So Long And Thanks For the Fish, Man #58: Comics, No More.

The other morning, my bff in comic books, Jim McClain (who is not part of Unshaven Comics, but exists perhaps as our ”big brother” in comic bookery), met me for brunch. As we’ve done in the past… we kibitzed about life, love, kids, and all things nerd. We dished and gossiped about Alley Folks we’ve rubbed shoulders with. We waxed poetic about what we liked, loved, and loathed across the Star Wars galaxy. Fun was had by all. Great conversation and amazing egg dishes aside, Jim was meeting me so that he might rid me of my comic book collection.

You read that right.

Every book I’d amassed since college had been piling up — some bagged and boarded, others less so — and I recognized that I’d not needed a single floppy copy for the better part of nine and a half years (the time in our home, which the wife and I are cleaning up a bit at a time to contemplate a springtime move). In the interest of no longer keeping treasure that could otherwise be of value back in the marketplace, I gifted to Jim two long boxes, seven or eight short boxes, and a tote-bag of comics.

Jim has already started sorting and valuing them. I wish him, and those who purchase from him, the best. There are a few real gems to mine there, too.

So, the real question then is why. Why was I so cavalier in gifting a collection away at a whim (for what added up to a delightful breakfast)? The answer is fairly straight-forward:

I’m still not over feeling played by the big two. 

When I left comics, I’d realized how cyclical publishing comic books had become. Epic event that changes everything you thought you knew! Followed by launching / re-launching tons of titles. Followed by them canceling those rare gem weird titles that didn’t match the sales of staple books. Followed by a dormant period where the books that weren’t canceled being allowed to find themselves. Followed quickly by a new epic event that throws any good work being done down the drain in order to drag fans into another spin cycle. Rinse. Repeat.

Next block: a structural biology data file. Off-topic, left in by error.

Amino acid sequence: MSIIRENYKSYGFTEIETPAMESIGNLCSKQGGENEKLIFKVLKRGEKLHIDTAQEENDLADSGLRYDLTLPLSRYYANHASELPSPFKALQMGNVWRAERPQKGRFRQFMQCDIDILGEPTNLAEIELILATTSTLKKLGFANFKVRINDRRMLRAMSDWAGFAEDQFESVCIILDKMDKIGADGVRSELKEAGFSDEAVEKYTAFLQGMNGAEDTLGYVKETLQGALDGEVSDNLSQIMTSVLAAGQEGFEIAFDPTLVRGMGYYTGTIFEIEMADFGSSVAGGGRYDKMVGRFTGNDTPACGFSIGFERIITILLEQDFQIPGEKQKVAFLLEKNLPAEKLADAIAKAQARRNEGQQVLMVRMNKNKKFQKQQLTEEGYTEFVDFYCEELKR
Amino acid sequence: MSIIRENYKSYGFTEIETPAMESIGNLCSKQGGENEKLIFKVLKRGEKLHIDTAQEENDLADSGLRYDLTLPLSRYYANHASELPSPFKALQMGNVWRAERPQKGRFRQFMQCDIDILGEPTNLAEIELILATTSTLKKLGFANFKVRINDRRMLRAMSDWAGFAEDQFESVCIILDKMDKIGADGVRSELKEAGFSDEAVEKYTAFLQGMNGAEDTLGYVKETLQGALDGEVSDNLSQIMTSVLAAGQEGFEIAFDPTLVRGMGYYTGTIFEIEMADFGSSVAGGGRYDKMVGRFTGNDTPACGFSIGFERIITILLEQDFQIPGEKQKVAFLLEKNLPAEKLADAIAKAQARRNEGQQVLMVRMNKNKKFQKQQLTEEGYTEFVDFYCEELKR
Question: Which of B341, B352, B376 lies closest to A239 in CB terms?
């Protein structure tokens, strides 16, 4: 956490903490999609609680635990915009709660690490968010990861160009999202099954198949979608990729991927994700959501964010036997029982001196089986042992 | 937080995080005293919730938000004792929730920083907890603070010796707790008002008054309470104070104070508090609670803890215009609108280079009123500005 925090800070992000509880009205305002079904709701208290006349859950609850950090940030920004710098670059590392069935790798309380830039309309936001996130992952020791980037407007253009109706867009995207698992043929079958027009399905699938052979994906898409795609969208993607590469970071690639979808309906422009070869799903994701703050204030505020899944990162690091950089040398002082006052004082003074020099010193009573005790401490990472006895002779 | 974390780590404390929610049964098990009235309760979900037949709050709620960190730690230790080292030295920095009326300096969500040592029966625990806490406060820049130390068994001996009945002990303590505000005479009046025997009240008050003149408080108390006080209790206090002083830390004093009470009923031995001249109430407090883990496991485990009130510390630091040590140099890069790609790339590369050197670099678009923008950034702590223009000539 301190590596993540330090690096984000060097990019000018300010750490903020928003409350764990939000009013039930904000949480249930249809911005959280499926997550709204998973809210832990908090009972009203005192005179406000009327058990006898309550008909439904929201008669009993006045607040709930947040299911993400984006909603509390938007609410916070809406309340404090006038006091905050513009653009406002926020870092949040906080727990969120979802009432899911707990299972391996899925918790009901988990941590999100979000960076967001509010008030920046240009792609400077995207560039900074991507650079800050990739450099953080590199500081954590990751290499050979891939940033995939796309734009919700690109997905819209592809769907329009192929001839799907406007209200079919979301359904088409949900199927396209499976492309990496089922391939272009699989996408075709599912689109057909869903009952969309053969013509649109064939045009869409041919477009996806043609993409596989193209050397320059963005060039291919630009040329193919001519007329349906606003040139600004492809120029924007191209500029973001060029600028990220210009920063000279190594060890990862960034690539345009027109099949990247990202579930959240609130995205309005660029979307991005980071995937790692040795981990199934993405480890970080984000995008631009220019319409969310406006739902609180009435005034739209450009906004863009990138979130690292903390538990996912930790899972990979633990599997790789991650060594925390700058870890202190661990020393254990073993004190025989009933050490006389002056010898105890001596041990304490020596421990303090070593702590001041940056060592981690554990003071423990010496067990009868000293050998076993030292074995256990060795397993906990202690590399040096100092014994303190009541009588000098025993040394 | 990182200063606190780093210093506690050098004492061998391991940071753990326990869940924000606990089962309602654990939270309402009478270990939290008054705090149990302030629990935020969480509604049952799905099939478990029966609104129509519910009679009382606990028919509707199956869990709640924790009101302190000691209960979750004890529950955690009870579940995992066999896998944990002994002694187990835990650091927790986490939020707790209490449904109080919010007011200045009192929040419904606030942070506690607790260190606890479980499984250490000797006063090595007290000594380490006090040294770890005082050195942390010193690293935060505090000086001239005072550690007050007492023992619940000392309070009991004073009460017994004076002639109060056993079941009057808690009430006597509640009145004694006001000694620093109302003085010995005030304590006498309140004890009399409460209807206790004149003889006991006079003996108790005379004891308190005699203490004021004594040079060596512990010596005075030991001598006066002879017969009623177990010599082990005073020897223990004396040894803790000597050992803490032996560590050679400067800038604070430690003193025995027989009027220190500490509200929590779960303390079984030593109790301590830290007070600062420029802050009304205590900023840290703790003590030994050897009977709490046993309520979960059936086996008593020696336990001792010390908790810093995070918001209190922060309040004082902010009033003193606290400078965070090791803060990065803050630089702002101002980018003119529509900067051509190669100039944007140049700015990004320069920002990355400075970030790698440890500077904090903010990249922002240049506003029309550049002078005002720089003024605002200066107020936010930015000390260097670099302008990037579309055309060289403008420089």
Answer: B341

Both Marvel and DC were guilty as sin for doing this, and I got burnt out.

Every time I’d choose to invest my money and my interest in a book, I couldn’t get beyond an arc or two before something jammed the gears of progress. And every time a novel idea occurred — Peter Parker’s body being controlled wholly by Doc Oc, Dick Grayson adopting the mantle of the Bat, a new Green Lantern of Earth being chosen — the idea would have a spark of something amazing, find a groove, and then die a quick death to return to the status quo. And trust me: I know I’m citing some old arcs, kiddos. But each time I crawled out from under a hole to peak into my local comic shoppe? I saw the same big ideas that I knew wouldn’t last any longer than they took to spike sales.

Dark Nights: Metal? The Venom-Verse? DC You? Rebirth? Marvel Now? All-New, All-Different? Legacy? Fresh Start? Slap a fresh coat of paint on an old idea, and reset a few dozen books. As soon as you fall in love with something, the creative team changes, and that idea is forgotten. Each team hoping to hit on an idea that might show up in any number of other mediums or properties. I respect the grind, but not for $20 a week to stay current. And $20 a week is modest to insulting if you’re really trying to stay up to date, and you know it.

Ultimately, I recognized I needed to change the way I’m a fan. I’ve learned to support creators during Kickstarters and inside artist alleys. I’ve picked up trade collections for stories, so that I might treat them as I would a great movie on Netflix. Get in, get out, and ensure my enjoyment begins and ends within the confines of the story presented. No chance to be let down by in-between arc stories that carry no weight. No filler artists phoning in passable work while the next big team ramps up.

“But Marc,” I hear you begin, “why not keep those books so that your kids might start their collections?”

Well, I’d given it a lot of thought in fact. And it brought me full circle to the start of my collecting days. You see, I started my collection with books I wanted. I realized “gifting” books I no longer had a desire to keep was only gifting potential unwanted garbage on my brood. I’m confident in my children’s desire to forge their own path down any nerdy or not-so-nerdy road they choose. It also helps that my oldest (who turns 8 this month) does like comics, and I’ll be glad to start letting him choose what he wants without my input to shade it. So, like any amazing parent? I’ll send my boy to read Bob Harrison’s great comic reviews here on Pop Culture Squad, and then buy them any book approved by Mike Gold!

And that will build a far better collection then the crap I just gave away. 😉